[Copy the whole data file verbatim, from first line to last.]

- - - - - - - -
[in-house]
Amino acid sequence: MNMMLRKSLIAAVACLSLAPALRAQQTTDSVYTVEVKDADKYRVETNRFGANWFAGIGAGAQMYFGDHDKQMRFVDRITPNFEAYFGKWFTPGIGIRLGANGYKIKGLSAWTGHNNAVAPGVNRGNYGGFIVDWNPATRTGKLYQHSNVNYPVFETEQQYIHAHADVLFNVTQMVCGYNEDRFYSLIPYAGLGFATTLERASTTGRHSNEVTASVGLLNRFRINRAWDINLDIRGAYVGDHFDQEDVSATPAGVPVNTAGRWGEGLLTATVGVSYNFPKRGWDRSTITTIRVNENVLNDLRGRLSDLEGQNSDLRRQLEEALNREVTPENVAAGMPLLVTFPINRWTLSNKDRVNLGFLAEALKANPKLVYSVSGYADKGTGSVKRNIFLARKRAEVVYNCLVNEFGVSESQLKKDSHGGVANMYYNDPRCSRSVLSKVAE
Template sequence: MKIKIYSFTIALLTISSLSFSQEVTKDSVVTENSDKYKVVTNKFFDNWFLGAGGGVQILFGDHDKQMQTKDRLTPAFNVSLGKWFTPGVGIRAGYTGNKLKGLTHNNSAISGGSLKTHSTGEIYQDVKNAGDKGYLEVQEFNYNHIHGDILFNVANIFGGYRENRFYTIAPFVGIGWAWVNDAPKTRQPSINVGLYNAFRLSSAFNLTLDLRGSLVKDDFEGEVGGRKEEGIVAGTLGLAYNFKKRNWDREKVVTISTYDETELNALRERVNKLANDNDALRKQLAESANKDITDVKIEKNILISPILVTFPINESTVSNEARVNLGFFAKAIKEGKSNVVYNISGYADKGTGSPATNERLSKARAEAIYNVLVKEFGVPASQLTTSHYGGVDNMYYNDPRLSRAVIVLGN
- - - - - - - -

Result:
[in-house]
Amino acid sequence: MNMMLRKSLIAAVACLSLAPALRAQQTTDSVYTVEVKDADKYRVETNRFGANWFAGIGAGAQMYFGDHDKQMRFVDRITPNFEAYFGKWFTPGIGIRLGANGYKIKGLSAWTGHNNAVAPGVNRGNYGGFIVDWNPATRTGKLYQHSNVNYPVFETEQQYIHAHADVLFNVTQMVCGYNEDRFYSLIPYAGLGFATTLERASTTGRHSNEVTASVGLLNRFRINRAWDINLDIRGAYVGDHFDQEDVSATPAGVPVNTAGRWGEGLLTATVGVSYNFPKRGWDRSTITTIRVNENVLNDLRGRLSDLEGQNSDLRRQLEEALNREVTPENVAAGMPLLVTFPINRWTLSNKDRVNLGFLAEALKANPKLVYSVSGYADKGTGSVKRNIFLARKRAEVVYNCLVNEFGVSESQLKKDSHGGVANMYYNDPRCSRSVLSKVAE
Template sequence: MKIKIYSFTIALLTISSLSFSQEVTKDSVVTENSDKYKVVTNKFFDNWFLGAGGGVQILFGDHDKQMQTKDRLTPAFNVSLGKWFTPGVGIRAGYTGNKLKGLTHNNSAISGGSLKTHSTGEIYQDVKNAGDKGYLEVQEFNYNHIHGDILFNVANIFGGYRENRFYTIAPFVGIGWAWVNDAPKTRQPSINVGLYNAFRLSSAFNLTLDLRGSLVKDDFEGEVGGRKEEGIVAGTLGLAYNFKKRNWDREKVVTISTYDETELNALRERVNKLANDNDALRKQLAESANKDITDVKIEKNILISPILVTFPINESTVSNEARVNLGFFAKAIKEGKSNVVYNISGYADKGTGSPATNERLSKARAEAIYNVLVKEFGVPASQLTTSHYGGVDNMYYNDPRLSRAVIVLGN